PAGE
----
This book engages in a critical encounter with the work of Stanley Cavell on cinema, focusing skeptical attention on the claims made for the contribution of cinema to the ethical character of democratic life. In much of Cavell's writing on film he seeks to show us that the protagonists of the films he terms "remarriage comedies" live a form of perfectionism that he upholds as desirable for contemporary democratic society: moral perfectionism. Films are often viewed on television, and television shows can have "filmlike" qualities. The book addresses the nature of viewing cinematic film as a mode of experience, arguing against Cavell that it is akin to dreaming rather than lived consciousness and, crucially, cannot be shared. It mirrors the celebrated dialogue between Jean-Jacques Rousseau and Jean D'Alembert on theatre. The book articulates the implications of philosophical pessimism for addressing contemporary culture in its relationship to political life. It clarifies how The Americans resembles the remarriage films and can illuminate the issues they raise. The tragedy of remarriage, would be a better instructor of a democratic community, if such a community were prepared to listen. The book suggests that dreaming, both with and without films, is not merely a pleasurable distraction but a valuable pastime for democratic citizens. Finally, it concludes with a robust response from Dienstag to his critics.
This book addresses the major theoretical and practical issues of the forms of
citizenship and access to citizenship in different types of polity, and the
specification and justification of rights of non-citizen immigrants as well as
non-resident citizens. It also addresses the conditions under which norms
governing citizenship can legitimately vary. The book discusses the principles
of including all affected interests (AAI), all subject to coercion (ASC) and all
citizenship stakeholders (ACS). They complement each other because they serve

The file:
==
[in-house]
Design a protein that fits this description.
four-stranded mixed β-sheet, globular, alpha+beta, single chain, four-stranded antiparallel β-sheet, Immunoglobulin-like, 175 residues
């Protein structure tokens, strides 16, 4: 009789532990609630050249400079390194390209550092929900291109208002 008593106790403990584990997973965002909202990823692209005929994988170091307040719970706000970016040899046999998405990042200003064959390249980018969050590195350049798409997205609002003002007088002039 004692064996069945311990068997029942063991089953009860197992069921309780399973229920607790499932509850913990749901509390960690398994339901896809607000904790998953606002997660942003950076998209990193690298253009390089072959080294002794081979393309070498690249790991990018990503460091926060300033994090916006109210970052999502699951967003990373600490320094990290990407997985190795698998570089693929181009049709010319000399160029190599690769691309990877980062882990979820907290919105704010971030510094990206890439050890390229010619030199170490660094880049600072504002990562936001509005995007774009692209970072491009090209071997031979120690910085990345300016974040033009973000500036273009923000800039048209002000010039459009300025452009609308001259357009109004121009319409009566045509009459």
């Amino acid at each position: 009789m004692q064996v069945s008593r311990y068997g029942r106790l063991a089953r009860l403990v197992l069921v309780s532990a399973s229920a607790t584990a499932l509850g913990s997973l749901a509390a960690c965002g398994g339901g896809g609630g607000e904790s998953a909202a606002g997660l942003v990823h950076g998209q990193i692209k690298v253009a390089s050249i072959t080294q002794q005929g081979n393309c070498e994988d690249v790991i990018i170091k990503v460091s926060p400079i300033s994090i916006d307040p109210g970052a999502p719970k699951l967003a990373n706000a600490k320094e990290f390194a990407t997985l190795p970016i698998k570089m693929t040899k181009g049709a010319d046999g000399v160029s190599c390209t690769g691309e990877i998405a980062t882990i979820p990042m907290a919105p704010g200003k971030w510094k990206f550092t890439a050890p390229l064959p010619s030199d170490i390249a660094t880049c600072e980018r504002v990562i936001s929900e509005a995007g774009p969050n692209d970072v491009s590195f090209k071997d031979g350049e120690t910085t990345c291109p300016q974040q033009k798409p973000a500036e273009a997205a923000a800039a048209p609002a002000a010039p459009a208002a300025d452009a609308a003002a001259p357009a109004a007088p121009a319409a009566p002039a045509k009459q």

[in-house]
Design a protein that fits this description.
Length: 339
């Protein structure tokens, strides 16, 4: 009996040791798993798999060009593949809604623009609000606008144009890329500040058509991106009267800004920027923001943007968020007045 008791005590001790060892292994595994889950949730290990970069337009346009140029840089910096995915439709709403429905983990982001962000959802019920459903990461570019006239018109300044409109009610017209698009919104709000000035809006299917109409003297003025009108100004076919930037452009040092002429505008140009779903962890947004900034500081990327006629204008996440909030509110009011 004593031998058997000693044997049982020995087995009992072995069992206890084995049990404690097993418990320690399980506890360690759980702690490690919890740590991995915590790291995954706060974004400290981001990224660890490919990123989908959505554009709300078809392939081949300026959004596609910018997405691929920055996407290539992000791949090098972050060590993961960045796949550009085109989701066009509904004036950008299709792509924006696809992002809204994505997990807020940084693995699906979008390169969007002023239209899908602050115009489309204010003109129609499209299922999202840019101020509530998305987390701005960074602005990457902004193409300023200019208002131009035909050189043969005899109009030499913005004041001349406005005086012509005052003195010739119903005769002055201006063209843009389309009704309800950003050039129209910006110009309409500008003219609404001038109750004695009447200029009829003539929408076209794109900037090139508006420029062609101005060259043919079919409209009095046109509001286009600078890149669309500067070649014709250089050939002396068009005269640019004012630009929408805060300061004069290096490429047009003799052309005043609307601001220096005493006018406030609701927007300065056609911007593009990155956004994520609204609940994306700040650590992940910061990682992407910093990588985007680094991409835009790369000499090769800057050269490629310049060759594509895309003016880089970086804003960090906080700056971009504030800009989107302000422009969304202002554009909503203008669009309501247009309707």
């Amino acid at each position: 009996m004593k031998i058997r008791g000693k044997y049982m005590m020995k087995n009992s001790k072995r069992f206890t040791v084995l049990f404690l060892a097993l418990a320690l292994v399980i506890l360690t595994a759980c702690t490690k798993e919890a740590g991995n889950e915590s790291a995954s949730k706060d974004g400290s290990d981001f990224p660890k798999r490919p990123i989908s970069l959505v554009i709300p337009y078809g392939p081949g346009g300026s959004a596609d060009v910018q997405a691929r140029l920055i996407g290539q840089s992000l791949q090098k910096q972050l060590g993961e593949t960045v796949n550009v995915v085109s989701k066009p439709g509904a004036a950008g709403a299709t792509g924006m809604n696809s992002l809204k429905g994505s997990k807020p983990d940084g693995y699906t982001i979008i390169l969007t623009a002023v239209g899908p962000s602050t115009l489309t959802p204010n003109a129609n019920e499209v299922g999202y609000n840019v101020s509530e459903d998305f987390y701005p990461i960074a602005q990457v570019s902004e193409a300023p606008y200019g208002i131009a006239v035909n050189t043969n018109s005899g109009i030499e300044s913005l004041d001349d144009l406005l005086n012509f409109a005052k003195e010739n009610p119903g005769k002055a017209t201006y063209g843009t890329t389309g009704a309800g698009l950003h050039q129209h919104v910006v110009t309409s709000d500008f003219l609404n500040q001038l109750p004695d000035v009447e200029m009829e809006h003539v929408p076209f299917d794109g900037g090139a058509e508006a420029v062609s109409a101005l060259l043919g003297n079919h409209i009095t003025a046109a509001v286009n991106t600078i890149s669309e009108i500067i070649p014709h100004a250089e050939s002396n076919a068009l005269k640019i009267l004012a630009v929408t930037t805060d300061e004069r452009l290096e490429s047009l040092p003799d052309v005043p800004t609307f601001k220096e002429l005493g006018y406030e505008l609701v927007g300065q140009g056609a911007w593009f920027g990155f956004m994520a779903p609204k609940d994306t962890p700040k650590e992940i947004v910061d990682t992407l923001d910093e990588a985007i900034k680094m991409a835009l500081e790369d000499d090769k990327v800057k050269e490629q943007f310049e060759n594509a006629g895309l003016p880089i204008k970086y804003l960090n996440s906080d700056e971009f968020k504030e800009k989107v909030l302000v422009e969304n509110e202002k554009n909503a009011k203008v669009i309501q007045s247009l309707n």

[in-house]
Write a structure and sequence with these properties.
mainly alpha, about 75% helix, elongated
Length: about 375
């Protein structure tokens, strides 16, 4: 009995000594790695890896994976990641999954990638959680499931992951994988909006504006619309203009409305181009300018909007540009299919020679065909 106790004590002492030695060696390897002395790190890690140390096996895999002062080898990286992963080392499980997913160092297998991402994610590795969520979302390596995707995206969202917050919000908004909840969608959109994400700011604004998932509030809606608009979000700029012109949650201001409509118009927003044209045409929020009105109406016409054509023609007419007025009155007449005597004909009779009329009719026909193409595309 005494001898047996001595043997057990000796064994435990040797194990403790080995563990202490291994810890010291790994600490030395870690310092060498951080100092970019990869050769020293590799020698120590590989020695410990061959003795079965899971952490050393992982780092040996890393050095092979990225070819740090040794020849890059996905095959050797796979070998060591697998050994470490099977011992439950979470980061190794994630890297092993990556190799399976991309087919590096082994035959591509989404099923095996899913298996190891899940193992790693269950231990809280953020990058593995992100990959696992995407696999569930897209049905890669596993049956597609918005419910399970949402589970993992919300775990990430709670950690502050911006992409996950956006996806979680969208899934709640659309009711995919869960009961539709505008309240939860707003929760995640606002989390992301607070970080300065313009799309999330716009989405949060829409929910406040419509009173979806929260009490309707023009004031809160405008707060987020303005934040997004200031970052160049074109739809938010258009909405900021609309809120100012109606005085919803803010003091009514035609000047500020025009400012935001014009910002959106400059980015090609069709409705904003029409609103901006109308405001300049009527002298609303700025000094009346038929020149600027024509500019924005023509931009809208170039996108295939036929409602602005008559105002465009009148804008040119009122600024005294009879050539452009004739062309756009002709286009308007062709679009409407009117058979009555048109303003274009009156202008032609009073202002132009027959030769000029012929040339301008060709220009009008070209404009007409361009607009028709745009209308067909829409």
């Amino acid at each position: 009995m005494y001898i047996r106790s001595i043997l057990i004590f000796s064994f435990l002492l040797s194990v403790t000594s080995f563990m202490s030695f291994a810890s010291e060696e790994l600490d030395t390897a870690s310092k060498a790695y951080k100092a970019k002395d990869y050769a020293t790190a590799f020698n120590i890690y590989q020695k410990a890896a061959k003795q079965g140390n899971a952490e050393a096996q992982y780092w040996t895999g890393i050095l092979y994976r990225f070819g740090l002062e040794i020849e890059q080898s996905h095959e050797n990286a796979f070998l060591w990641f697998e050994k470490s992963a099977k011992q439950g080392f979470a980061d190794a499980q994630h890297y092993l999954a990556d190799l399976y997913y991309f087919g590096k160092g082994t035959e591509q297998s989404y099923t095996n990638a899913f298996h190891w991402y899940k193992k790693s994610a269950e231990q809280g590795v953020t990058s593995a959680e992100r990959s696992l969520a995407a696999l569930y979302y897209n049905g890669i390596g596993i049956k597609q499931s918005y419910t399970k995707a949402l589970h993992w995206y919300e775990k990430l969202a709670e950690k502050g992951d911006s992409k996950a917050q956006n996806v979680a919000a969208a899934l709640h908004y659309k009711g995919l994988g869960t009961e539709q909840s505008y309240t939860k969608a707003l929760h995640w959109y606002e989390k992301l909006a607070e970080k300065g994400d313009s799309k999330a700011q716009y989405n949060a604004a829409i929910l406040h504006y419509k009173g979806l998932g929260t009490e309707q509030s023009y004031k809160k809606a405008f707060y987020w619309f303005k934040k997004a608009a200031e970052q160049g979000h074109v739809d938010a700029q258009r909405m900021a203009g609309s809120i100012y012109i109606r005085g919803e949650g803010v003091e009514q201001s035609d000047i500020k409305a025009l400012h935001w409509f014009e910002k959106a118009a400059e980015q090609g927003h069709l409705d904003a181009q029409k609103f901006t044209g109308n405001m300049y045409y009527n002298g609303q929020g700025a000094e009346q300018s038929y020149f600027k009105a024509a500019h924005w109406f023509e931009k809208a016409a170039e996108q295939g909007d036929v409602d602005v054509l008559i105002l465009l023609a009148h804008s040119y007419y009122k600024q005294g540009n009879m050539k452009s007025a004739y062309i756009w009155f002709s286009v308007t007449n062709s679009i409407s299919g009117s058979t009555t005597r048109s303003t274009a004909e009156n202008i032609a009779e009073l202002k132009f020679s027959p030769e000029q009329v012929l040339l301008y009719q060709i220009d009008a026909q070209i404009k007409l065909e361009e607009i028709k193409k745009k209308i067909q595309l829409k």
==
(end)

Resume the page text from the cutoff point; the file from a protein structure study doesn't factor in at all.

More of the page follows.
distinct purposes of democratic inclusion. The book proposes that democratic
inclusion principles specify a relation between an individual or group that has
an inclusion claim and a political community that aims to achieve democratic
legitimacy for its political decisions and institutions. It contextualizes the
principle of stakeholder inclusion, which provides the best answer to the
question of democratic boundaries of membership, by applying it to polities of
different types. The book distinguishes state, local and regional polities and
argues that they differ in their membership character. It examines how a
principle of stakeholder inclusion applies to polities of different types. The
book illustrates the difference between consensual and automatic modes of
inclusion by considering the contrast between birthright acquisition of
citizenship, which is generally automatic, and naturalization, which requires an
This book focuses on the paradoxical character of law and specifically concerns the structural violence of law as the political imposition of normative order onto a "lawless" condition. The paradox of law which grounds and motivates Christoph Menke's intervention is that law is both the opposite of violence and, at the same time, a form of violence. The book develops its engagement with the paradox of law in two stages. The first shows why, and in what precise sense, the law is irreducibly characterized by structural violence. The second explores the possibility of law becoming self-reflectively aware of its own violence and, hence, of the form of a self-critique of law in view of its own violence. The Book's philosophical claims are developed through analyses of works of drama: two classical tragedies in the first part and two modern dramas in the second part. It attempts to illuminate the paradoxical nature of law by way of a philosophical interpretation of literature. There are at least two normative orders within the European ethical horizon that should be called "legal orders" even though they forego the use of coercion and are thus potentially nonviolent. These are international law and Jewish law. Understanding the relationship between law and violence is one of the most urgent challenges a postmodern critical legal theory faces today. Self-reflection, the philosophical concept that plays a key role in the essay, stands opposed to all forms of spontaneity.
Rainer Forst's Toleration in Conflict (published in English 2013) is
the most important historical and philosophical analysis of toleration of the
past several decades. Reconstructing the entire history of the concept, it
provides a forceful account of the tensions and dilemmas that pervade the
discourse of toleration. In his lead essay for this volume, Forst revisits his
work on toleration and situates it in relation to both the concept of political
liberty and his wider project of a critical theory of justification.
Interlocutors Teresa M. Bejan, Chandran Kukathas, John Horton, Daniel Weinstock,
Melissa S. Williams, Patchen Markell and David Owen then critically examine
Forst's reconstruction of toleration, his account of political liberty and
the form of critical theory that he articulates in his work on such political
concepts. The volume concludes with Forst’s reply to his critics.